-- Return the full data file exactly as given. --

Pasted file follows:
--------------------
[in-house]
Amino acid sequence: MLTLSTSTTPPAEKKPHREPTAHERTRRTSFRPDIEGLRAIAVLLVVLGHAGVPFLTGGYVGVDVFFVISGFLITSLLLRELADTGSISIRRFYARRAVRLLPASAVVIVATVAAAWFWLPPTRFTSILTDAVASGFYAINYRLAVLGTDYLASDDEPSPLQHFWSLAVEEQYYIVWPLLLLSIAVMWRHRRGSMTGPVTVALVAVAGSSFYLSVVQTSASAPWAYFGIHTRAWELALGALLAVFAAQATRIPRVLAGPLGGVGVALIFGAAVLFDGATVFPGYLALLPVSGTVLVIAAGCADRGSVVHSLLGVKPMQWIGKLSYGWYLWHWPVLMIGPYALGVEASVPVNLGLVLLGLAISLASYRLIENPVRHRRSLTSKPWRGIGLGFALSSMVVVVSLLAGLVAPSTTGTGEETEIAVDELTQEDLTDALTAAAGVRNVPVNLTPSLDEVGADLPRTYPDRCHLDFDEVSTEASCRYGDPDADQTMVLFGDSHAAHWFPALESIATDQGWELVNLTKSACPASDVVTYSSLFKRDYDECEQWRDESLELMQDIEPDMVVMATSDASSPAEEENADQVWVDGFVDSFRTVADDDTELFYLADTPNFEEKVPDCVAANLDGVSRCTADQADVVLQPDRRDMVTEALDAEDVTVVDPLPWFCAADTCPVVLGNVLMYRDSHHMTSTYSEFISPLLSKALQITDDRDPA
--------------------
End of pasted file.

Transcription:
[in-house]
Amino acid sequence: MLTLSTSTTPPAEKKPHREPTAHERTRRTSFRPDIEGLRAIAVLLVVLGHAGVPFLTGGYVGVDVFFVISGFLITSLLLRELADTGSISIRRFYARRAVRLLPASAVVIVATVAAAWFWLPPTRFTSILTDAVASGFYAINYRLAVLGTDYLASDDEPSPLQHFWSLAVEEQYYIVWPLLLLSIAVMWRHRRGSMTGPVTVALVAVAGSSFYLSVVQTSASAPWAYFGIHTRAWELALGALLAVFAAQATRIPRVLAGPLGGVGVALIFGAAVLFDGATVFPGYLALLPVSGTVLVIAAGCADRGSVVHSLLGVKPMQWIGKLSYGWYLWHWPVLMIGPYALGVEASVPVNLGLVLLGLAISLASYRLIENPVRHRRSLTSKPWRGIGLGFALSSMVVVVSLLAGLVAPSTTGTGEETEIAVDELTQEDLTDALTAAAGVRNVPVNLTPSLDEVGADLPRTYPDRCHLDFDEVSTEASCRYGDPDADQTMVLFGDSHAAHWFPALESIATDQGWELVNLTKSACPASDVVTYSSLFKRDYDECEQWRDESLELMQDIEPDMVVMATSDASSPAEEENADQVWVDGFVDSFRTVADDDTELFYLADTPNFEEKVPDCVAANLDGVSRCTADQADVVLQPDRRDMVTEALDAEDVTVVDPLPWFCAADTCPVVLGNVLMYRDSHHMTSTYSEFISPLLSKALQITDDRDPA